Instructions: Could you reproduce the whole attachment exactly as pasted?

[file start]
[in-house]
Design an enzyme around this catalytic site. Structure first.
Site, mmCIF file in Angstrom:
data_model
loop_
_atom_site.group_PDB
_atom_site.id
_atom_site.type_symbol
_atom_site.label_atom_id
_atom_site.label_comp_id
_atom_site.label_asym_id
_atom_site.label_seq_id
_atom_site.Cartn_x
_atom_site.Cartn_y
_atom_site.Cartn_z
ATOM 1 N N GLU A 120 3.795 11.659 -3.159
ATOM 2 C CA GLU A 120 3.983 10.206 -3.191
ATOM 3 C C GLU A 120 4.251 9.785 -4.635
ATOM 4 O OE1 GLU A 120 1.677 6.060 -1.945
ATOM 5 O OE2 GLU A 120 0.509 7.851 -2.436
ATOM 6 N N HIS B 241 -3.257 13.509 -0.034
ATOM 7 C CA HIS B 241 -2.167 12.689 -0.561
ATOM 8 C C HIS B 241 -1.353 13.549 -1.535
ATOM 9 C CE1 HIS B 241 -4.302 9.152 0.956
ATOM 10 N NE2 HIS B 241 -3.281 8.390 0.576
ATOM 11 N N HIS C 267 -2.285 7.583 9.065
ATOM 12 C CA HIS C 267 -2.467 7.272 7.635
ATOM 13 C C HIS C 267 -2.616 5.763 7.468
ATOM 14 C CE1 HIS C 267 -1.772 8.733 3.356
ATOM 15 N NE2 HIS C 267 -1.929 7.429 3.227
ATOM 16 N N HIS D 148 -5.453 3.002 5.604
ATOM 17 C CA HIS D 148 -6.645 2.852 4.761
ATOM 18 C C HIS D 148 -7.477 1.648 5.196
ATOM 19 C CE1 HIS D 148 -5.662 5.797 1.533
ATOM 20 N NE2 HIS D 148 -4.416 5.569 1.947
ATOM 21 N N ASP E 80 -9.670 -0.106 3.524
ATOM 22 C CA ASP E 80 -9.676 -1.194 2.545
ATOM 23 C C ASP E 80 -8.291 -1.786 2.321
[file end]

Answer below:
[in-house]
Design an enzyme around this catalytic site. Structure first.
Site, mmCIF file in Angstrom:
data_model
loop_
_atom_site.group_PDB
_atom_site.id
_atom_site.type_symbol
_atom_site.label_atom_id
_atom_site.label_comp_id
_atom_site.label_asym_id
_atom_site.label_seq_id
_atom_site.Cartn_x
_atom_site.Cartn_y
_atom_site.Cartn_z
ATOM 1 N N GLU A 120 3.795 11.659 -3.159
ATOM 2 C CA GLU A 120 3.983 10.206 -3.191
ATOM 3 C C GLU A 120 4.251 9.785 -4.635
ATOM 4 O OE1 GLU A 120 1.677 6.060 -1.945
ATOM 5 O OE2 GLU A 120 0.509 7.851 -2.436
ATOM 6 N N HIS B 241 -3.257 13.509 -0.034
ATOM 7 C CA HIS B 241 -2.167 12.689 -0.561
ATOM 8 C C HIS B 241 -1.353 13.549 -1.535
ATOM 9 C CE1 HIS B 241 -4.302 9.152 0.956
ATOM 10 N NE2 HIS B 241 -3.281 8.390 0.576
ATOM 11 N N HIS C 267 -2.285 7.583 9.065
ATOM 12 C CA HIS C 267 -2.467 7.272 7.635
ATOM 13 C C HIS C 267 -2.616 5.763 7.468
ATOM 14 C CE1 HIS C 267 -1.772 8.733 3.356
ATOM 15 N NE2 HIS C 267 -1.929 7.429 3.227
ATOM 16 N N HIS D 148 -5.453 3.002 5.604
ATOM 17 C CA HIS D 148 -6.645 2.852 4.761
ATOM 18 C C HIS D 148 -7.477 1.648 5.196
ATOM 19 C CE1 HIS D 148 -5.662 5.797 1.533
ATOM 20 N NE2 HIS D 148 -4.416 5.569 1.947
ATOM 21 N N ASP E 80 -9.670 -0.106 3.524
ATOM 22 C CA ASP E 80 -9.676 -1.194 2.545
ATOM 23 C C ASP E 80 -8.291 -1.786 2.321